September 16, 2007 - Safety a Key Issue in Trade Agreement
There is no question that we are operating in a global economy. In a global economy, trade agreements are a necessity and I favor them when it comes to agricultural trade, keeping in mind however, that if a trade agreement favors only one side, then it really isn’t a “fair” agreement. And if we are going to call it ‘agricultural trade’, then products need to move both ways; if they don’t, it’s not trade.
NAFTA of course, is a prime example of a trade agreement designed to bring three countries, Canada, the United States and Mexico together in 1994 to remove trade barriers and make trade easier between the three countries. That did mean U. S producers of fruits and vegetables were hurt by Mexican produce coming into the United States. On the other hand, Mexican corn growers were hurt by U.S. corn going into Mexico. So if you look at it that way, it probably is a balanced and fair agreement.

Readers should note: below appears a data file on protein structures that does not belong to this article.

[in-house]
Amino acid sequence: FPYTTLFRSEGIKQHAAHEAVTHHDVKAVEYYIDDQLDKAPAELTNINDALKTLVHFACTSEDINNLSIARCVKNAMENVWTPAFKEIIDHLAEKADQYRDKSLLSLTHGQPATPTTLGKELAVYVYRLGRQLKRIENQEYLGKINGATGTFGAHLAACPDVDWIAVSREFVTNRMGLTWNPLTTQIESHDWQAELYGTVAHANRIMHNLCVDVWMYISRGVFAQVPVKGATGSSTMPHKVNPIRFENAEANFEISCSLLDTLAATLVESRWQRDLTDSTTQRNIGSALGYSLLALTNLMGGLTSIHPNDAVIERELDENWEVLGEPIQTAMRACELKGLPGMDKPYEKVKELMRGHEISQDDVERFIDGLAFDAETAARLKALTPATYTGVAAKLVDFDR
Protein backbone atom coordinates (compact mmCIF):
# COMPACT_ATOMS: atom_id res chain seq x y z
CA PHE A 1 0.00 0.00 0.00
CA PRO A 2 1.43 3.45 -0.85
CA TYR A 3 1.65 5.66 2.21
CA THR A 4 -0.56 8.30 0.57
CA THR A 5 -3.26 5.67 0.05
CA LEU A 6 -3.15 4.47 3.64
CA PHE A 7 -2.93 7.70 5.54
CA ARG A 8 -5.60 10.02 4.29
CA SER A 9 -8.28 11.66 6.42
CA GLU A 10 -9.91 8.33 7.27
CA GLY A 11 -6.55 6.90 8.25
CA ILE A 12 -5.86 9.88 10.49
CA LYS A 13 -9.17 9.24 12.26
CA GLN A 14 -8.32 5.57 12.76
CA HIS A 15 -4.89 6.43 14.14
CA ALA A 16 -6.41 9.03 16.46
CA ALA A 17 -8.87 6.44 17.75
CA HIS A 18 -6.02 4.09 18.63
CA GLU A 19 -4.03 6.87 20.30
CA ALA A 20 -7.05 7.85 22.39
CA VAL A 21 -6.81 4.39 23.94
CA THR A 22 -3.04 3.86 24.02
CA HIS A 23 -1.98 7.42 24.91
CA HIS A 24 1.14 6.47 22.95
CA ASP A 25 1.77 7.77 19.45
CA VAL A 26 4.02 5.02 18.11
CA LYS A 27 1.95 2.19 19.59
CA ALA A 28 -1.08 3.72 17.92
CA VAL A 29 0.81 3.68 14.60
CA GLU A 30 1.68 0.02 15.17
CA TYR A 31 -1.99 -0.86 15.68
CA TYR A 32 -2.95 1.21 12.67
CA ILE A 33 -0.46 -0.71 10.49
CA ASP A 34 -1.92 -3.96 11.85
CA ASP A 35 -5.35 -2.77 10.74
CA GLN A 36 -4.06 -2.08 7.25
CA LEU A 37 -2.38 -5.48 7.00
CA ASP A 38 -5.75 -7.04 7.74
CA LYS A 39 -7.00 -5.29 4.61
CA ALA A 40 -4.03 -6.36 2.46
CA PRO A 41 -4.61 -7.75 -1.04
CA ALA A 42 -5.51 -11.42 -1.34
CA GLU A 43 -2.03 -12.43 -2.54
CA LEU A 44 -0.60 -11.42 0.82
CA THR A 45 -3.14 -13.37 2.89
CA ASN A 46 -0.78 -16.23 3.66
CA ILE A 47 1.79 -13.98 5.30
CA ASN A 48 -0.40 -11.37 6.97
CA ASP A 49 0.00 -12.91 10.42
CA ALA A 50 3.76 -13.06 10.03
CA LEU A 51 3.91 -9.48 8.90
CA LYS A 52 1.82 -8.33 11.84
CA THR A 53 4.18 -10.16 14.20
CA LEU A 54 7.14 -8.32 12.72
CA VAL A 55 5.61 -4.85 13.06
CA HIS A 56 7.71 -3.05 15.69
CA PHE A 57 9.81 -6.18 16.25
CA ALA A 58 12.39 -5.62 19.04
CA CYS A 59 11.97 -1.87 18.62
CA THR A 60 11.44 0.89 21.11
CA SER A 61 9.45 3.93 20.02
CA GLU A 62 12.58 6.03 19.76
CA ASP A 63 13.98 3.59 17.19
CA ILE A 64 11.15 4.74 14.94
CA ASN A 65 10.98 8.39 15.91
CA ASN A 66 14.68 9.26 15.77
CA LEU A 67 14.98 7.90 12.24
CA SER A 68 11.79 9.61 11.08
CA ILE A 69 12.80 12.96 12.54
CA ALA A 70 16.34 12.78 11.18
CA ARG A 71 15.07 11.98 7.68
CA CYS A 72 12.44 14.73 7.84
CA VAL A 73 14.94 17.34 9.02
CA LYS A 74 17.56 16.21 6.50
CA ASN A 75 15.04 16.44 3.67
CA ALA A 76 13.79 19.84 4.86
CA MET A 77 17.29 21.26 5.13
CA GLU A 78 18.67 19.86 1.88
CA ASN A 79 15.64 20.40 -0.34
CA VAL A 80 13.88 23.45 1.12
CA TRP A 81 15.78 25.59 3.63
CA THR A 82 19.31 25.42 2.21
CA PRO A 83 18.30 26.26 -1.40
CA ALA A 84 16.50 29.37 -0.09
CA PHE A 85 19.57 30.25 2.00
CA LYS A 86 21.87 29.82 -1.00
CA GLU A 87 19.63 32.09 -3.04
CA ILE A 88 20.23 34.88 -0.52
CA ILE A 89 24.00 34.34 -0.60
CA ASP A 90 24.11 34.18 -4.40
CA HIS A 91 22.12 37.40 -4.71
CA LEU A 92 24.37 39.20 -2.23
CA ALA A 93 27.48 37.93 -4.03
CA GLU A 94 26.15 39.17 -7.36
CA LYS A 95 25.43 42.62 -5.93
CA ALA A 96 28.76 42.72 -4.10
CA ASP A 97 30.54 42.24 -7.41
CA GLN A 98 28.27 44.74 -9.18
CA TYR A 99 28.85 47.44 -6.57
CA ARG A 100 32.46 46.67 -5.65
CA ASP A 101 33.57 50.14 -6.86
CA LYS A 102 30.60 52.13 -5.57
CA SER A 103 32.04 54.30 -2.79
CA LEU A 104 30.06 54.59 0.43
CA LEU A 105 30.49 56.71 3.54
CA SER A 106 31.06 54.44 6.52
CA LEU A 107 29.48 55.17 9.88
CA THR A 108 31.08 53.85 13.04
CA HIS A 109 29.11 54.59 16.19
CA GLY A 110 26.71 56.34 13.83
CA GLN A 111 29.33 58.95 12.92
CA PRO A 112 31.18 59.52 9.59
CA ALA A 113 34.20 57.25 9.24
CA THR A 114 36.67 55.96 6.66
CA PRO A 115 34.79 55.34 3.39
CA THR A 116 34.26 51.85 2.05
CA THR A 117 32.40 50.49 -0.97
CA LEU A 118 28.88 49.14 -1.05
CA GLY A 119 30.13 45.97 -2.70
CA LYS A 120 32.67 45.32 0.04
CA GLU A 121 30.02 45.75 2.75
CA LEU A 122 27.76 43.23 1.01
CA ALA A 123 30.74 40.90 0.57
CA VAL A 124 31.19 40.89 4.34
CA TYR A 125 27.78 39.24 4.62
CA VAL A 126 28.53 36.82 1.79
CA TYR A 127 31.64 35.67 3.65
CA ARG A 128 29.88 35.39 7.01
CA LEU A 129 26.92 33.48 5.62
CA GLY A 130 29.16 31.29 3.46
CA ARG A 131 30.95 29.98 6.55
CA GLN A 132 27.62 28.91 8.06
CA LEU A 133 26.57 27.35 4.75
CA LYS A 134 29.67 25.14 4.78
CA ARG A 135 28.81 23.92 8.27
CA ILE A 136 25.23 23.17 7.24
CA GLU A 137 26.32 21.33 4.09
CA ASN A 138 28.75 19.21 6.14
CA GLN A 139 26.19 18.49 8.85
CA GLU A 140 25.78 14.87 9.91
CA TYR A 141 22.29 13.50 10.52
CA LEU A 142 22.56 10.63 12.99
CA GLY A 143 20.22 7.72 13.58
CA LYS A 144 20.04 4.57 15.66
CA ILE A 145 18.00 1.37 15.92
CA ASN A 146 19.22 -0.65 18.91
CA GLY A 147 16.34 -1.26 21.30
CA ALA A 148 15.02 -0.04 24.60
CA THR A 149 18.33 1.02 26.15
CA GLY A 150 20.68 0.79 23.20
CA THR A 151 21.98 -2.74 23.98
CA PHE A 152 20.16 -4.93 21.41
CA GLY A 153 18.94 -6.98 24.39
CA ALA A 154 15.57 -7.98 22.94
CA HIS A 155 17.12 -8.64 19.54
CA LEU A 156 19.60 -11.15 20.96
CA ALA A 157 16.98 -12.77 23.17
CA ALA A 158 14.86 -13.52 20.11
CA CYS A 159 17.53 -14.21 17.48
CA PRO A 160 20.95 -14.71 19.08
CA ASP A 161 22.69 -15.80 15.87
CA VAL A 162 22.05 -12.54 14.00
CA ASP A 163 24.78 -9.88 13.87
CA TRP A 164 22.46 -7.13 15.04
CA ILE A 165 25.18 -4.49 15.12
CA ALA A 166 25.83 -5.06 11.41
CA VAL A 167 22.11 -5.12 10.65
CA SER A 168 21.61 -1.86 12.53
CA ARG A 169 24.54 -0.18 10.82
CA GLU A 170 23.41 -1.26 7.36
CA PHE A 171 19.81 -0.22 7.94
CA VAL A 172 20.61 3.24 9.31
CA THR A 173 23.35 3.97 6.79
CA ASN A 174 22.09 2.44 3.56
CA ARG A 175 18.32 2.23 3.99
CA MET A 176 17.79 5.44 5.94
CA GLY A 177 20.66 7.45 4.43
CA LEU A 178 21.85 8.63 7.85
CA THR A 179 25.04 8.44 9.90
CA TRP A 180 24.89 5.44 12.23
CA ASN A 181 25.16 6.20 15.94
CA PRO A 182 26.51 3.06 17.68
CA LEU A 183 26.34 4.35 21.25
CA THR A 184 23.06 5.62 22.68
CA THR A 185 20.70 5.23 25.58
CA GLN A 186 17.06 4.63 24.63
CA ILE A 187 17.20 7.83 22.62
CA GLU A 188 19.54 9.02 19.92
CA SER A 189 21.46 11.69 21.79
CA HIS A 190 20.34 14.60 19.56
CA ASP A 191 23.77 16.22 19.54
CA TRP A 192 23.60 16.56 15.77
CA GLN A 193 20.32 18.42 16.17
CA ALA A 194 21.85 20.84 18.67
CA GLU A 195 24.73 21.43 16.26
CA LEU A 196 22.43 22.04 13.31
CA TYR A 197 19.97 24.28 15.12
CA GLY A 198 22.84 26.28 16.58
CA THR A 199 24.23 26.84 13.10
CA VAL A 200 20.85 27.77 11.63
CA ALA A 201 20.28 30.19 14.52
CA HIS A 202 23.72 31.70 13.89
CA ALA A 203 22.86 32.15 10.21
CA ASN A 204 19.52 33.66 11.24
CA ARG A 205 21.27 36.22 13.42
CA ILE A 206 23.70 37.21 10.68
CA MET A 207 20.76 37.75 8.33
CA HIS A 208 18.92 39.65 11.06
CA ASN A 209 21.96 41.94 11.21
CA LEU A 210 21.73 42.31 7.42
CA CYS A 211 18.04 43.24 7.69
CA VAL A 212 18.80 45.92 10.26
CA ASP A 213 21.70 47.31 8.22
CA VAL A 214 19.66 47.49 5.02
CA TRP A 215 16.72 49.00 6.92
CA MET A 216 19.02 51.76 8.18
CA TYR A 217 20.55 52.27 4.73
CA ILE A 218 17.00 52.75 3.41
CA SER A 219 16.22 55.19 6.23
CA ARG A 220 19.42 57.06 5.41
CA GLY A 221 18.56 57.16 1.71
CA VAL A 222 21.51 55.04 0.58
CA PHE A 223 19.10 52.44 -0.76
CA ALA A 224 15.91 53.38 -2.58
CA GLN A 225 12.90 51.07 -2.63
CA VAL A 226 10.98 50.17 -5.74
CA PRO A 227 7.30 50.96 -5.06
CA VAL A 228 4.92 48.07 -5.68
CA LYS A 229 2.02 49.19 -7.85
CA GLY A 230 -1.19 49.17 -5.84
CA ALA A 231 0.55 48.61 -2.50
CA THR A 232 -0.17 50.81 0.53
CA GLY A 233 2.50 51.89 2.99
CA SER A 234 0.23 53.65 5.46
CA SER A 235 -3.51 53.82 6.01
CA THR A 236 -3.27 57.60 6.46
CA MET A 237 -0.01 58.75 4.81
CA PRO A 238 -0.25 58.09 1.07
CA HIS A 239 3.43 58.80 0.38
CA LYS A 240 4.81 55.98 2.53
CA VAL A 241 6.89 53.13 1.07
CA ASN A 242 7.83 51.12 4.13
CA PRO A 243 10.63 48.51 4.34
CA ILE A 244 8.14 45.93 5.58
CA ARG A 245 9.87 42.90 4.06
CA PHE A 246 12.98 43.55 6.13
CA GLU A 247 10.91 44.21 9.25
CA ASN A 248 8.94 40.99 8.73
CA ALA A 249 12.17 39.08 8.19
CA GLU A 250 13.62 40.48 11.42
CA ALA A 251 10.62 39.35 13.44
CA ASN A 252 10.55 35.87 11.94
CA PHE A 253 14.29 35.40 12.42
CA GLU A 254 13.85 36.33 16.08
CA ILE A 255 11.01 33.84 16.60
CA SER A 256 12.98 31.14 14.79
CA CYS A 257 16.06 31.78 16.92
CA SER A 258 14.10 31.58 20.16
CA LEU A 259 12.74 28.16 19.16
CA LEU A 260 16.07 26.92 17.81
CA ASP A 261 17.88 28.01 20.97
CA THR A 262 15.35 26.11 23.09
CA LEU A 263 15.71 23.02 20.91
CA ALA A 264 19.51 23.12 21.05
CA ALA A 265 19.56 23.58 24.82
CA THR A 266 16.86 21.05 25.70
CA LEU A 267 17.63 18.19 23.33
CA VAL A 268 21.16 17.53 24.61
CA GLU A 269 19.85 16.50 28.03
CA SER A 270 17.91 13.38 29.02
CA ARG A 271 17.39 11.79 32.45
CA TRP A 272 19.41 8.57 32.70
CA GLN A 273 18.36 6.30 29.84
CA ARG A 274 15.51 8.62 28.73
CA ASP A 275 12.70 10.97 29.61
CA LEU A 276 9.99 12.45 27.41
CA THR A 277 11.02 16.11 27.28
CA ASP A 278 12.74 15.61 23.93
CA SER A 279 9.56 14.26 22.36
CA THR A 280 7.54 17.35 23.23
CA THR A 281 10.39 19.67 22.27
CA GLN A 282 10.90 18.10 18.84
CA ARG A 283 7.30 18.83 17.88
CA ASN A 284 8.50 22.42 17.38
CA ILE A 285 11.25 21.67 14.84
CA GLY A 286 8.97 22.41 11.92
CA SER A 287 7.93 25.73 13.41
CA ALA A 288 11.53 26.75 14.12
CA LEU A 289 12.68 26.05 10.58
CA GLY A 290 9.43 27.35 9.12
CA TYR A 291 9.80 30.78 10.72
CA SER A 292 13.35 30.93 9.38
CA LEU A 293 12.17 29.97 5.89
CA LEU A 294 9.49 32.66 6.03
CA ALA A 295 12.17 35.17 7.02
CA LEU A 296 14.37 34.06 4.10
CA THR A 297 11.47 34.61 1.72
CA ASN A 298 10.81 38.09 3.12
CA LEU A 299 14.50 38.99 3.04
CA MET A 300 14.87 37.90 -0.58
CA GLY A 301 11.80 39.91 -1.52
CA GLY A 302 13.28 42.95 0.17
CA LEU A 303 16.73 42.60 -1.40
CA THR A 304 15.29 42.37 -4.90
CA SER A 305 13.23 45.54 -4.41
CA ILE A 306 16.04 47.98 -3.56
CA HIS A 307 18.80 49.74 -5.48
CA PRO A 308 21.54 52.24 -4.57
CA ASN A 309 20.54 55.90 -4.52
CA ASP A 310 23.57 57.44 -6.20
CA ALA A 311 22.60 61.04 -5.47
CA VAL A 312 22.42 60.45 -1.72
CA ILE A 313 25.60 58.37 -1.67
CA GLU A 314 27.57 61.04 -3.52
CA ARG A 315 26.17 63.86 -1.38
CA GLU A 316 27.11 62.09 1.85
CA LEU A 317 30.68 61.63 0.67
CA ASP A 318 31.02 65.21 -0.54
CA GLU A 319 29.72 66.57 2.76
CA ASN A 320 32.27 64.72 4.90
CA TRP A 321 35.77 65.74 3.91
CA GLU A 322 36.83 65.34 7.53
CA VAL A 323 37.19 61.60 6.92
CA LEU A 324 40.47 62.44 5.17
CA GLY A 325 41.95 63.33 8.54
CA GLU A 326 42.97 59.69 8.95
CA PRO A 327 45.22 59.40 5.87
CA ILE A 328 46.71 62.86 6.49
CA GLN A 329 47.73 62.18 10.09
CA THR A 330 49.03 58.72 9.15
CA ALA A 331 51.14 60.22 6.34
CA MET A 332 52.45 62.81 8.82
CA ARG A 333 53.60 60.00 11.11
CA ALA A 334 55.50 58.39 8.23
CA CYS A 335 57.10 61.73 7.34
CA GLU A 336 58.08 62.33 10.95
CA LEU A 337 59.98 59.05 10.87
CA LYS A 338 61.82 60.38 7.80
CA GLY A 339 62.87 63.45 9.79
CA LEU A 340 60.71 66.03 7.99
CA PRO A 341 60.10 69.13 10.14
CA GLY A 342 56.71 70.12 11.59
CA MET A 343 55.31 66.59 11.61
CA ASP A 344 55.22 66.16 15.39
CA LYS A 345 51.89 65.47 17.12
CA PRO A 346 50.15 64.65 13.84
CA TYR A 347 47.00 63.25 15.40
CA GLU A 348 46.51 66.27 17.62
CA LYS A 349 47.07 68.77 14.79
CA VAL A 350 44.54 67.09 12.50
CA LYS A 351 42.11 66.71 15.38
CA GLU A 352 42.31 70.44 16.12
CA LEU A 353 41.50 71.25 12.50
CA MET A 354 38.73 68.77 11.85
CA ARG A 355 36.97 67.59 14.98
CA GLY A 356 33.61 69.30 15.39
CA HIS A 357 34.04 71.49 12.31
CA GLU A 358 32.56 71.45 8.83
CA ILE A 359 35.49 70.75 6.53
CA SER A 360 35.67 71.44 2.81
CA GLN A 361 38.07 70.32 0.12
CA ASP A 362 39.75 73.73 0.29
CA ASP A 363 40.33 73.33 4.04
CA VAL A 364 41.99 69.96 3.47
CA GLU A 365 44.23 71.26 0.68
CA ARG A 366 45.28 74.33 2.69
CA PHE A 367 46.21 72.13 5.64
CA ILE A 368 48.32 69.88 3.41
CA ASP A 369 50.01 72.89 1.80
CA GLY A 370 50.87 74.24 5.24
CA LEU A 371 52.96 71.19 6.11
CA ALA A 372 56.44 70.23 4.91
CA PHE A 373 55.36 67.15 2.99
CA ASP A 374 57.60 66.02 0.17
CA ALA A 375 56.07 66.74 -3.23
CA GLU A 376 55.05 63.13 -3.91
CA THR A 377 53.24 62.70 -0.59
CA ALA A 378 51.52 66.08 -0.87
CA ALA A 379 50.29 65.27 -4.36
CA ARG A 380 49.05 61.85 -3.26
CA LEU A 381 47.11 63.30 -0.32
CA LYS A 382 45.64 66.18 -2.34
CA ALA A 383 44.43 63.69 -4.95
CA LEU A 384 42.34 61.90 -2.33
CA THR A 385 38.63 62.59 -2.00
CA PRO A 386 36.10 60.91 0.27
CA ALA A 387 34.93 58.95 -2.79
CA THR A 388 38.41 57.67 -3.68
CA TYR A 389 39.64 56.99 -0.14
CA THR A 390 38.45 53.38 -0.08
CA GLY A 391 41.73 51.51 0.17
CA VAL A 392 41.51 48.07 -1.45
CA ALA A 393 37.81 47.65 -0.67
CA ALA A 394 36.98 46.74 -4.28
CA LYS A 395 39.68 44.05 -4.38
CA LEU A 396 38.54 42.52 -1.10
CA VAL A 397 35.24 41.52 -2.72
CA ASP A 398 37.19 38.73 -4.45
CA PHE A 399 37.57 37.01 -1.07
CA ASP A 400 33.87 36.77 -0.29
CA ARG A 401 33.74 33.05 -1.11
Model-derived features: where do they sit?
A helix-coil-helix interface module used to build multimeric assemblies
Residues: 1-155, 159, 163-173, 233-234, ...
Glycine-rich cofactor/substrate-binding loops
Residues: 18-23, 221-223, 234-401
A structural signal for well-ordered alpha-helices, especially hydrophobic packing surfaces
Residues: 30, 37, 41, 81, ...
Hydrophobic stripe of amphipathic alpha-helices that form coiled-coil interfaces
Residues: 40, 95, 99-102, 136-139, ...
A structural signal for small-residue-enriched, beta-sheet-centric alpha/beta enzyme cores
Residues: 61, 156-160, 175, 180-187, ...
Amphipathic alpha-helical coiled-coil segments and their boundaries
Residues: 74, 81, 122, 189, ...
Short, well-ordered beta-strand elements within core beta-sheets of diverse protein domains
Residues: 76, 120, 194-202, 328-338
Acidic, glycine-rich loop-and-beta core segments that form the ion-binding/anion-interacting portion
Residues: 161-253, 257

But part of the agreement is now causing concern in this country. Recently the U.S. Senate voted to block funding for a Bush Administration test program to let Mexican long-haul trucks operate in the United States under that 1994 North American Free Trade Agreement. The Senate said “we will not provide funding for the program because we don’t feel enough safety measures have been taken yet to make those trucks and their drivers safe on U. S. roads.”
North Dakota Senator Byron Dorgan is opposed to allowing Mexican trucks operate freely in this country without further testing. He said, and I quote “...the vote against the program was a turning of the tide on the senseless, headlong rush this country has been engaged in for some time to dismantle safety standards...”. On the other side of the issue is Arizona Senator John Kyl, who said “It is much more efficient and much cheaper for American consumers if those Mexican trucks can travel in the United States.”
Incidentally, timing couldn’t have been worse for the Mexican government and supporters of the proposal; about a week before the Senate vote, an accident involving two trucks in Mexico killed 29 people.
The pilot program involves both Mexican trucks operating in the United States and U.S. trucks being allowed to operate in Mexico, with limits on both sides. It would allow a maximum of 100 Mexican companies and up to 600 trucks on U.S. roads. Prior to the Senate vote, the House also voted against the project.
I am with Congress on this issue. I want to see more assurance that the trucks are safe and the drivers know the U.S. driving rules before allowing this program to move forward.
My thoughts on Samuelson Sez.